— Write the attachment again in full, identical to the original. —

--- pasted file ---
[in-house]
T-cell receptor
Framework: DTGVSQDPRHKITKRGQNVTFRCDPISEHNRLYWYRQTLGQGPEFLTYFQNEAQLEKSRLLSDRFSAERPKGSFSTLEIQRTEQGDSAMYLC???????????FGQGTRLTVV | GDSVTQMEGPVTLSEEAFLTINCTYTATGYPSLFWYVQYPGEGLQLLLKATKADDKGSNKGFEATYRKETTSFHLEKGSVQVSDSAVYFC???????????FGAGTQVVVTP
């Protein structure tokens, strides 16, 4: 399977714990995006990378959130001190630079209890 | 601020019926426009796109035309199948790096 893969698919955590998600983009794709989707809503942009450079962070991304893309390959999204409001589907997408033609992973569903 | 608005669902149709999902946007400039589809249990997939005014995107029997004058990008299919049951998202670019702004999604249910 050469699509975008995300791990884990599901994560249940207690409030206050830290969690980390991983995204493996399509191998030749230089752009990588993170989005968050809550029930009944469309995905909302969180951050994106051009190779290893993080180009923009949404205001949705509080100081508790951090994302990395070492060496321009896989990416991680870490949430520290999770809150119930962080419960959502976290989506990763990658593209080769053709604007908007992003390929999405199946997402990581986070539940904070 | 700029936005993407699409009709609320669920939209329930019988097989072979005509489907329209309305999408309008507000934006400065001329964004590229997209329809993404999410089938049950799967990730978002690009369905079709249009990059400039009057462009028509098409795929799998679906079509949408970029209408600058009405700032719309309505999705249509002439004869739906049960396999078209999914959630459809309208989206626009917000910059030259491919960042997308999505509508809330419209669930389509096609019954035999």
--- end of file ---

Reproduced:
[in-house]
T-cell receptor
Framework: DTGVSQDPRHKITKRGQNVTFRCDPISEHNRLYWYRQTLGQGPEFLTYFQNEAQLEKSRLLSDRFSAERPKGSFSTLEIQRTEQGDSAMYLC???????????FGQGTRLTVV | GDSVTQMEGPVTLSEEAFLTINCTYTATGYPSLFWYVQYPGEGLQLLLKATKADDKGSNKGFEATYRKETTSFHLEKGSVQVSDSAVYFC???????????FGAGTQVVVTP
């Protein structure tokens, strides 16, 4: 399977714990995006990378959130001190630079209890 | 601020019926426009796109035309199948790096 893969698919955590998600983009794709989707809503942009450079962070991304893309390959999204409001589907997408033609992973569903 | 608005669902149709999902946007400039589809249990997939005014995107029997004058990008299919049951998202670019702004999604249910 050469699509975008995300791990884990599901994560249940207690409030206050830290969690980390991983995204493996399509191998030749230089752009990588993170989005968050809550029930009944469309995905909302969180951050994106051009190779290893993080180009923009949404205001949705509080100081508790951090994302990395070492060496321009896989990416991680870490949430520290999770809150119930962080419960959502976290989506990763990658593209080769053709604007908007992003390929999405199946997402990581986070539940904070 | 700029936005993407699409009709609320669920939209329930019988097989072979005509489907329209309305999408309008507000934006400065001329964004590229997209329809993404999410089938049950799967990730978002690009369905079709249009990059400039009057462009028509098409795929799998679906079509949408970029209408600058009405700032719309309505999705249509002439004869739906049960396999078209999914959630459809309208989206626009917000910059030259491919960042997308999505509508809330419209669930389509096609019954035999």